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The Father Of The World Series: GARRY HERRMANN


    August "Garry" Herrmann was president of the Cincinnati Reds for 25 years, but it was in his role as chairman of the national commission of baseball that Herrmann made his greatest impact on the game he so dearly loved.


Garry Herrmann was, in effect, baseball's first commissioner and, as commission chairman, he was chiefly responsible for the birth of the World Series.


Herrmann served on the commission with the presidents of the National and American leagues. He had the top voice in any ruling. In 1903 the Pittsburgh Pirates and the Boston Red Sox, the two leagues' champions, met in a post-season playoff. These games are generally regarded as the first World Series, but it was, in reality, simply an interclub affair. Nonetheless, it generated a lot of interest among baseball fans.


The following year, 1904, there was considerable disappointment among the fans when the champion New York Giants and Philadelphia Athletics failed to meet in a post-season series. After they failed to play, Herrmann took action.

    Working with the two league presidents, he drew up an agreement and the commission enacted legislation for the first official World Series, in 1905.


Herrmann was given the nickname "Garry" by a foreman m the type foundry where he worked as a youngster in Cincinnati. He had been a baseball fan most of his life, but he didn't become active in the professional game officially until 1902 when political leader George B. Cox and the Fleischmann family purchased the Reds for about $150,000.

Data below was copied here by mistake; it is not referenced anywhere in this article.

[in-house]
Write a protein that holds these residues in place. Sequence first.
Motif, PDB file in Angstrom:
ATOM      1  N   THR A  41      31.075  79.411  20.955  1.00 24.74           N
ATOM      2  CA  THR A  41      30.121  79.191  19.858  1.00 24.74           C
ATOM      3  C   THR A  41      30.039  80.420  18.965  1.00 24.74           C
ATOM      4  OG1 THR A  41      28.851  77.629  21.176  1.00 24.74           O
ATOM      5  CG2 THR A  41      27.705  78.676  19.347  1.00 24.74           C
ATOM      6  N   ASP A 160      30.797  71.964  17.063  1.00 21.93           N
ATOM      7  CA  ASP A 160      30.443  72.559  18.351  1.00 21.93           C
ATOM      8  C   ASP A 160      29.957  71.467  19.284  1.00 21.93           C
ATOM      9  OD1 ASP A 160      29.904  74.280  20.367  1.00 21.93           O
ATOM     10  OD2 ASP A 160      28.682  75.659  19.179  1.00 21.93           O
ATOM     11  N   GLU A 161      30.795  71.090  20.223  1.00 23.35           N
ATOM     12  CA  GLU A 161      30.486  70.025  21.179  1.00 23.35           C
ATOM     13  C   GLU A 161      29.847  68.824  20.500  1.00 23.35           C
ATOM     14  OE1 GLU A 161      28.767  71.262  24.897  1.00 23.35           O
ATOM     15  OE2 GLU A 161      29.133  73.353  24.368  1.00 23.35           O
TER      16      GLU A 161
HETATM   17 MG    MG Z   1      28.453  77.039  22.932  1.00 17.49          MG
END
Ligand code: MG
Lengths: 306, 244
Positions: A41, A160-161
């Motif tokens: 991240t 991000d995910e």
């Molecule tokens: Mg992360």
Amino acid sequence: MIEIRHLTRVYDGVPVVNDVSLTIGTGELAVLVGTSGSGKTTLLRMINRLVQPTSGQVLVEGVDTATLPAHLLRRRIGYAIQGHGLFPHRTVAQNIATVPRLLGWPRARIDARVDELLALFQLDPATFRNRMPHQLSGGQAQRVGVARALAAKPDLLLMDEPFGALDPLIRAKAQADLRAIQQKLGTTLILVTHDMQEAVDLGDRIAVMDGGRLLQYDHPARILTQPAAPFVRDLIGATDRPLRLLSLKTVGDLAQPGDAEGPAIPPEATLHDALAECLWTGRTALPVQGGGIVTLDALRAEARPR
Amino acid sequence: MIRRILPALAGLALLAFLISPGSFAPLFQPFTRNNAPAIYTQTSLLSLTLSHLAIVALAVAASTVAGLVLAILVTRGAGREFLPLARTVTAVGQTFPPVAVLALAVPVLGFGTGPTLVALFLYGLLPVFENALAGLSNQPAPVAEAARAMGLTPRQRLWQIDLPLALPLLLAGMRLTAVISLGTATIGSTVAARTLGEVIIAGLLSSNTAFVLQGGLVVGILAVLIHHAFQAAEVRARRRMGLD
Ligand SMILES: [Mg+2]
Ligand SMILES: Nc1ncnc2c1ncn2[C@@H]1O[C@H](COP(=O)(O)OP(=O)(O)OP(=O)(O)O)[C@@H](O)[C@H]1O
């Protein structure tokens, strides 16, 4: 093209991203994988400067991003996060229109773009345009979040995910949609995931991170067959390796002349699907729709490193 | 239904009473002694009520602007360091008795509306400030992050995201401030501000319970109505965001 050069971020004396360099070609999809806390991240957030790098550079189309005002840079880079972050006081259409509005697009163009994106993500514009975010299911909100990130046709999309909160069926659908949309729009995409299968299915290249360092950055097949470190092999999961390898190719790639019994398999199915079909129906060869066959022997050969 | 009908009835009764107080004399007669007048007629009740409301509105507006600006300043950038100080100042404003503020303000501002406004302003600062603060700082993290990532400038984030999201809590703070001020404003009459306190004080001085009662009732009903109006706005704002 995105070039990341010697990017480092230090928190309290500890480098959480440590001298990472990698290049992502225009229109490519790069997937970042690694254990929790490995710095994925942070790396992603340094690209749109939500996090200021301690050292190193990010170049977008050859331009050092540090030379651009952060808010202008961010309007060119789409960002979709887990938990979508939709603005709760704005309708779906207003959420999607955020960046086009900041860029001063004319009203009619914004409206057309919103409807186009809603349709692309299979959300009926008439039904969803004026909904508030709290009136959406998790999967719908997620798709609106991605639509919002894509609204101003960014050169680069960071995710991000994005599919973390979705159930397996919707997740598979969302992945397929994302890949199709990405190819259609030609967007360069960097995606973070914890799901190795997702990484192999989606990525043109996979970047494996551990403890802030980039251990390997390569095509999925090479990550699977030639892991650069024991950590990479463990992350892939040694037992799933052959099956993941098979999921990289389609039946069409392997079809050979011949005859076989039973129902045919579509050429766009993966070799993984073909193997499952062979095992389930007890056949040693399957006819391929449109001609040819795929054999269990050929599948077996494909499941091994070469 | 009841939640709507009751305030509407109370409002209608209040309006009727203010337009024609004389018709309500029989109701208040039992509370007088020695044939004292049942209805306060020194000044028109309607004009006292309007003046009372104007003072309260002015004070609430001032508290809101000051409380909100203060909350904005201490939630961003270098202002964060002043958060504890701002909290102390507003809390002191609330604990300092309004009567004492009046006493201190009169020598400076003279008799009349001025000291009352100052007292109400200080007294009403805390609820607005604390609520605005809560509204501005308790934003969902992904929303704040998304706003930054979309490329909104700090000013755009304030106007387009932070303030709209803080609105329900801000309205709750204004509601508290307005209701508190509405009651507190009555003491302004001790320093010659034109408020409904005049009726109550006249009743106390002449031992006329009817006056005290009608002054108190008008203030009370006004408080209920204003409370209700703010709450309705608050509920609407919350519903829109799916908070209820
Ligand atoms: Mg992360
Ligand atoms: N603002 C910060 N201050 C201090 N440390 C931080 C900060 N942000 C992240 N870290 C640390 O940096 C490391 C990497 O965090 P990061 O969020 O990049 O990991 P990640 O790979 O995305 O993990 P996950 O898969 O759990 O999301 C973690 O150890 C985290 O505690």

As a young man, Herrmann had discovered that the surest way to Cincinnati prominence was through ward politics. He worked his way up in the system and became one of the most influential politicians, running city hall for Cox. In August 1902, when Cox and the Fleischmanns purchased the Reds, they installed the 43-year-old Herrmann as the club's president. He remained at the post until October 10, 1927, when ill health

- hardening of the arteries - sent him into retirement.


Herrmann served as president of the Reds and as chairman of the national commission until 1920 when the commission was dissolved and Judge Kennesaw Mountain Landis was appointed the commissioner of baseball. Landis' appointment followed the ill-fated 1919 World Series when eight members of the White Sox were accused of having "thrown" games to the Reds. The accusations were never proved.


Herrmann's happiest year, no doubt, was the 1919 season. The Reds had been reorganized, but he remained president. When the team appeared headed for bankruptcy, Herrmann found a way to keep the franchise afloat. He hired Pat Moran as the manager and the team won the city's first National League championship, and then won the World Series.


Two of Herrmann's fondest dreams were never fulfilled, though. He envisioned a permanent spring­training home for the Reds in Orlando, Florida, complete with a hotel, golf course and several baseball diamonds. The other dream was a new ballpark for Cincinnati.


Garry Herrmann was the life of any party he threw or attended and there were plenty of both.


"He was the living personification of Cincinnati culture," Lee Allen wrote in his book, The Cincinnati Reds. "To remember him is to remember the outdoor beer gardens and the vaudeville, the singing waiters, the foaming steins of beer, the Liederkrantz sandwiches, the belching, guffawing laughter of long forgotten nights."







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